If you’ve just been let go from a job, you know the sense of loss, anger, confusion and despair a person goes through. Thoughts are racing through your mind, but the one thing that isn’t is what to do now. These suggestions can help you get up and back into the game the quickest:
Take a break. The best thing you can do is to take one to two weeks to get away if possible. Your daily routine is broken and staying inside feeling the pressure of that each day is daunting. If you have a chance to break that pattern, you’ll return feeling more in control and ready for the next step.
Take an honest account of what happened. Was your performance slacking or was something going on with management? Did you have opportunities to improve your attitude, but didn’t? Talk to co-workers and go through old memos to get a clearer, more objective opinion of what was going on. Avoiding this step or being dishonest will make it more likely you’ll be in this position again.
Begin networking outward and changing inward. This step helps you become clearer about your positives and weaknesses. You may find that the job you were working was bringing out weaker job skills and the areas you were strong at were never valued. The majority of unemployed people find prospects for their next job while doing this step. Much of it is getting honest and objective with what you have to offer a new company.
Update and reorganize your résumé. When’s the last time you went through and cleaned your résumé with recent awards, as well as updates of promotions? This is a vital part of selling yourself to the next employer.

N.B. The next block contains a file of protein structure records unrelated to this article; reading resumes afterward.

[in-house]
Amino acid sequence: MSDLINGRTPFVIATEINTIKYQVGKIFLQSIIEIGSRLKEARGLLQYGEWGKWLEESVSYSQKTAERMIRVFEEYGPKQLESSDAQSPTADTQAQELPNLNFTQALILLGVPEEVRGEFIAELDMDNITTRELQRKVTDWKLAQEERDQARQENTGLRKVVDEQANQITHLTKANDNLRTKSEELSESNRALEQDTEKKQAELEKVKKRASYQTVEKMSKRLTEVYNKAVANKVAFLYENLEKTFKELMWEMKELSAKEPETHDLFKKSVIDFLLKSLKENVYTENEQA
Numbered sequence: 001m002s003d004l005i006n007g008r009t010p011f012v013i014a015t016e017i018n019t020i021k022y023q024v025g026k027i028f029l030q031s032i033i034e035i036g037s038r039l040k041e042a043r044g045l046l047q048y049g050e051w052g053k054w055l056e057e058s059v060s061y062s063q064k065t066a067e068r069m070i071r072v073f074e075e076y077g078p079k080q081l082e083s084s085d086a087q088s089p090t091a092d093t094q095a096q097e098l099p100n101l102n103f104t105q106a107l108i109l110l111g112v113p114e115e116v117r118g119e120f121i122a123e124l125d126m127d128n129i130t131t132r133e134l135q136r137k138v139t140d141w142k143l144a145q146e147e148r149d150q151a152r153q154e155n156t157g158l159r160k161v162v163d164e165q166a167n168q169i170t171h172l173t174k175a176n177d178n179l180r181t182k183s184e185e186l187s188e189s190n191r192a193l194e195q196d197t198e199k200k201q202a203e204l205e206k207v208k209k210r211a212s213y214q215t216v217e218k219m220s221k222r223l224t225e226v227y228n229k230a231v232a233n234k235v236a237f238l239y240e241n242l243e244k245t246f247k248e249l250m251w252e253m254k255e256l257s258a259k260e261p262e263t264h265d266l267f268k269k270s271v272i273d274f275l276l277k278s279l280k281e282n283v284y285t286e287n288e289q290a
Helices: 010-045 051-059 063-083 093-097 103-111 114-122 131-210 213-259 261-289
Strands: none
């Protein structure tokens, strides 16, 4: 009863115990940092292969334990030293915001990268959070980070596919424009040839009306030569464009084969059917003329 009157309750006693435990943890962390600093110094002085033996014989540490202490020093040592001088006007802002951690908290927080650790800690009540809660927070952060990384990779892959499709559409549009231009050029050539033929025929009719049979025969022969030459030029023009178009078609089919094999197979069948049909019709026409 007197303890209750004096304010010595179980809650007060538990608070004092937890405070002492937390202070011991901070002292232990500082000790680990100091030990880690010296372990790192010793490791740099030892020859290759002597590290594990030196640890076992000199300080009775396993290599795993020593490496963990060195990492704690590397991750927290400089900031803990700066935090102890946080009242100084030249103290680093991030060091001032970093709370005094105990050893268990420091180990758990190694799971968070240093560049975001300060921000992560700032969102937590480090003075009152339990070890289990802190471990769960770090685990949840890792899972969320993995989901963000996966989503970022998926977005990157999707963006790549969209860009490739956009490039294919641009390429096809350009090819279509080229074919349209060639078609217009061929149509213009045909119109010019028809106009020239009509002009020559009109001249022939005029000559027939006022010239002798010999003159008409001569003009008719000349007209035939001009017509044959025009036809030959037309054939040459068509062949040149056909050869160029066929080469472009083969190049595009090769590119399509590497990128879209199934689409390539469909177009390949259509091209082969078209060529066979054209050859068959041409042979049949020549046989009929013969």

Talk to your references and make sure they will give you a positive report. Talk to co-workers one on one to make sure they will support you and give you a good recommendation. Assuming someone liked you is never in your best interest.
Be honest and keep your integrity when interviewing. When you interview with a possible employer they’re looking for someone who can do the work and represent their company well. Be as transparent as possible, but also remember that integrity speaks louder than boasting. For most of us there are things we aren’t good at and make mistakes with. Being honest and non-defensive will make you look much better than trying to evade the question or projecting the problem onto someone else.
Perhaps the worst part of anyone losing their job is the anxiety it elicits from others in the same company who feel as though they’re walking on eggshells. These suggestions can help calm you and stabilize the situation:
Focus on the things you can control; you’re not a victim. As much as possible, take care of the job you’re doing and don’t get involved in the company gossip or others’ complaints.
Keep your sense of control internal rather than external. Anxiety and stress is higher when you believe your life is in the hand of others…especially during layoffs.
Define your purpose at work. Reflecting on what you value most about your job will help ease the stress you feel in an unstable environment. It also helps you become clearer about opportunities outside of where you work.
Develop the sense that no matter what happens at work you’ll survive. Do more things for yourself, send out applications or talk to other companies similar to yours and find out if they’re hiring. Having options relieves stress.
The thought of losing a job is scary when your family depends on the money, health care and livelihood. But the loss of a job is not a loss of your values, worth or survival. You can’t control what happens with your job, but you can control how you react and go on. The loss of a job is also an opportunity to find a better one!